The Word of the Day challenge this morning was JACK.
I thought of various Jacks, some authors like Jack London and Clive Staples Lewis, whose nickname was Jack. There are various Jacks mentioned in poems, like Jack who went up the hill with Jill, and Jack who ate his Christmas pie. Finally I opted to do something with the Jack who could eat no fat — poor fellow!
The Ragtag Daily prompt this morning was HEWN, so I’ll include that in my response, too. They say you should have fun with the writing prompts, so here’s my fun rhyme.
FOR THE GOOD OF HIS HEALTH
Bucking all of the sumptuous trends,
Jack’s diet’s been hewn to abstemious ends,
poor Jack gets all the leanest grub
while his dear little wife…ah there’s the rub!
Jack salts his spuds and peppers his beef
not a lick of gravy to give them relief;
forbidden the butter, denied sour cream.
He’s wasting away on this fat-less regime!
His wife does her part to empty the plates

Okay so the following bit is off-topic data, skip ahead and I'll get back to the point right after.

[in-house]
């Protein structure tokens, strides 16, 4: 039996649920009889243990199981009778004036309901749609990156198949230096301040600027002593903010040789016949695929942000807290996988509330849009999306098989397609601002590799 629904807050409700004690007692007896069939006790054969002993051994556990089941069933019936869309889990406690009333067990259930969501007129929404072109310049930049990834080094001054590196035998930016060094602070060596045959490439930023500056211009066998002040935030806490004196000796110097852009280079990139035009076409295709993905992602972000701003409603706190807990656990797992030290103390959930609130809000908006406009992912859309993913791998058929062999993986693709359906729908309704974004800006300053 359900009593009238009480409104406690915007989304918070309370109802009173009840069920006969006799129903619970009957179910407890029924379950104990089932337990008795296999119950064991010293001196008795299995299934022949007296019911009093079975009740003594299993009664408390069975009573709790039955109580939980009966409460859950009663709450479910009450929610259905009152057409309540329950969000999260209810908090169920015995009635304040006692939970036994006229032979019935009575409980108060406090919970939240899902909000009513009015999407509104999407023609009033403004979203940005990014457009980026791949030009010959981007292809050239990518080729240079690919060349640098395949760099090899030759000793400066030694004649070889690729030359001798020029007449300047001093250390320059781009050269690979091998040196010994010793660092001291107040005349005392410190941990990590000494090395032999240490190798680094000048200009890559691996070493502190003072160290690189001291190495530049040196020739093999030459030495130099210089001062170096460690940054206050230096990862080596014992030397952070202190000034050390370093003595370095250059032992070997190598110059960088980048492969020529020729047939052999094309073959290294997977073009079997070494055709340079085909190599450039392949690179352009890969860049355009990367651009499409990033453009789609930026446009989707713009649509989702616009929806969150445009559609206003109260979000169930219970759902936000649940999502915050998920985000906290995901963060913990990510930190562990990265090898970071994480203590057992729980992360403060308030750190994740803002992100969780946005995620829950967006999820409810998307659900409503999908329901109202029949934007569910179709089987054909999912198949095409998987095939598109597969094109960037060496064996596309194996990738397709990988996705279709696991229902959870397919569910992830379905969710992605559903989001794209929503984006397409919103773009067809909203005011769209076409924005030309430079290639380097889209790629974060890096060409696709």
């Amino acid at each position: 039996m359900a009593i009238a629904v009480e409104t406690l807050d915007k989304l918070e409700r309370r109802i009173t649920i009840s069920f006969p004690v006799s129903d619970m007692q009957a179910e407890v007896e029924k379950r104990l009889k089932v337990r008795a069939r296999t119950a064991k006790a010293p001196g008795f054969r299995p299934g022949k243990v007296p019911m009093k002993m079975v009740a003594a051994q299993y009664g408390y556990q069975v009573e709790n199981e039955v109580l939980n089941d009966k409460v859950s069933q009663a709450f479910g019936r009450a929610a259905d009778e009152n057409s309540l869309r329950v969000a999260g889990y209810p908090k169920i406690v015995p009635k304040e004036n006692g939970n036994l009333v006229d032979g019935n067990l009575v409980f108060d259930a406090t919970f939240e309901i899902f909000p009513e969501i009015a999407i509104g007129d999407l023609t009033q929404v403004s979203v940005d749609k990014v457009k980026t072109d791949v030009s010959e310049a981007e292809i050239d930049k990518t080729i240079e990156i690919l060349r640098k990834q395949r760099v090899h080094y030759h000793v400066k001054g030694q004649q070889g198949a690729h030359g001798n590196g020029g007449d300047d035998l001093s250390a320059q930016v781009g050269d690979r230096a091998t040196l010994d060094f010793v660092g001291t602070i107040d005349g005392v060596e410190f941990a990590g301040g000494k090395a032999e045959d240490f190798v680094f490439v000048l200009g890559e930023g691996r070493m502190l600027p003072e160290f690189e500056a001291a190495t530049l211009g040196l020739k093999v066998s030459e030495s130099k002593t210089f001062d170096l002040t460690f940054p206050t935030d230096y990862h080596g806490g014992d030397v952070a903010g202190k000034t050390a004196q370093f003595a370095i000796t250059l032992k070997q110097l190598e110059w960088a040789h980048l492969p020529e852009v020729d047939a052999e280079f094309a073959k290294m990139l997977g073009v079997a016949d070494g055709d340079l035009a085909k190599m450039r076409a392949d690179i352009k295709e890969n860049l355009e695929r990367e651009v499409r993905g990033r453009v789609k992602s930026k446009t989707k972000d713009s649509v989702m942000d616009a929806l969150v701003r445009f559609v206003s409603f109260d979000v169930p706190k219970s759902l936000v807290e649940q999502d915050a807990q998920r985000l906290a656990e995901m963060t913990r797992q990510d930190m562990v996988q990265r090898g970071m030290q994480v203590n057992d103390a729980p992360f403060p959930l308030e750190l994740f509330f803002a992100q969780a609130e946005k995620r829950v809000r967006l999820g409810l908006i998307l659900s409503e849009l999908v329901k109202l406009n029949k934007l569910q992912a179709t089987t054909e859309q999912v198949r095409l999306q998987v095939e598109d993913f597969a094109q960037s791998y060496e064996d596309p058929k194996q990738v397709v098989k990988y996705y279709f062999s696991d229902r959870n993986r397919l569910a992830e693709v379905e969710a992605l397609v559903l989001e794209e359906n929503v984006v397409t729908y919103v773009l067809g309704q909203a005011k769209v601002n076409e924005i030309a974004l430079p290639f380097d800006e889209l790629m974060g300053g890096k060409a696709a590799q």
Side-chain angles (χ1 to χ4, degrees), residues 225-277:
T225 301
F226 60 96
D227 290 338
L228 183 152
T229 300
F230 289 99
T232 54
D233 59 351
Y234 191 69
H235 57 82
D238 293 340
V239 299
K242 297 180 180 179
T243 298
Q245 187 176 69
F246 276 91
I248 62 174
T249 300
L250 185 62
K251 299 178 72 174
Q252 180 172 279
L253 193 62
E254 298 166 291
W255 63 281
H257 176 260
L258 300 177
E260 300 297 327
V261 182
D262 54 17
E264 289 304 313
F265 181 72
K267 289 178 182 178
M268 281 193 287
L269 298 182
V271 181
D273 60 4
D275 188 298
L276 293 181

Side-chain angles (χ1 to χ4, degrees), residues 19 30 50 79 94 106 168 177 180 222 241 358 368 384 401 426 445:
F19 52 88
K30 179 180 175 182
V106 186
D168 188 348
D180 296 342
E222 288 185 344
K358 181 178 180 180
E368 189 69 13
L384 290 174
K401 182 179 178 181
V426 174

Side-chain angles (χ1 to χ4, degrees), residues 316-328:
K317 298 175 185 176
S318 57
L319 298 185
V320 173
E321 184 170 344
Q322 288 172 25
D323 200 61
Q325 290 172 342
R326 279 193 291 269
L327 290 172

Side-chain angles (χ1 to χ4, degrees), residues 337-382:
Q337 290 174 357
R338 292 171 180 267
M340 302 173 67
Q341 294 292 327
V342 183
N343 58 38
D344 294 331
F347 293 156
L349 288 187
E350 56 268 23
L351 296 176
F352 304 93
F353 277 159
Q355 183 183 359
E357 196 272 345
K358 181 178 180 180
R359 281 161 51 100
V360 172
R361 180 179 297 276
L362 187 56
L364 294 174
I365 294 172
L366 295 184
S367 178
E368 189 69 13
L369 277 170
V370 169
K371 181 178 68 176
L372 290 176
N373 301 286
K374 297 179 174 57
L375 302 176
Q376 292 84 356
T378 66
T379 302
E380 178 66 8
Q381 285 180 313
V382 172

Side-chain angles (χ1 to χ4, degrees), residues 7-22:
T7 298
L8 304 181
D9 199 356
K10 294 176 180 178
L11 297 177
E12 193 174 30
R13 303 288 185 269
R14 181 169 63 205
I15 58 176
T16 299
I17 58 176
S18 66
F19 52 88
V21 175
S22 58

of anything fatty Jack might want to taste;
she, ever-vigilant, metes out his diet
no oil on the salad — though Jack once did try it.
He watches his missus pour on the cheese sauce;
to moisten his veggies, Jack gets barley broth.
She slathers on gravy, eats ham with the fat,
poor Jack’s turning pale as he takes in all that.
Mrs Spratt finished the whole Christmas cake;
for hubby’s dessert a scone she did bake.
He gnawed on the morsel all afternoon
thinking it must be of ebony hewn.
He rues that sad day when his doc, meaning good,
said Jack mustn’t have so much fat in his food,
for Mrs Spratt took the instructions entire
and now from starvation he may well expire.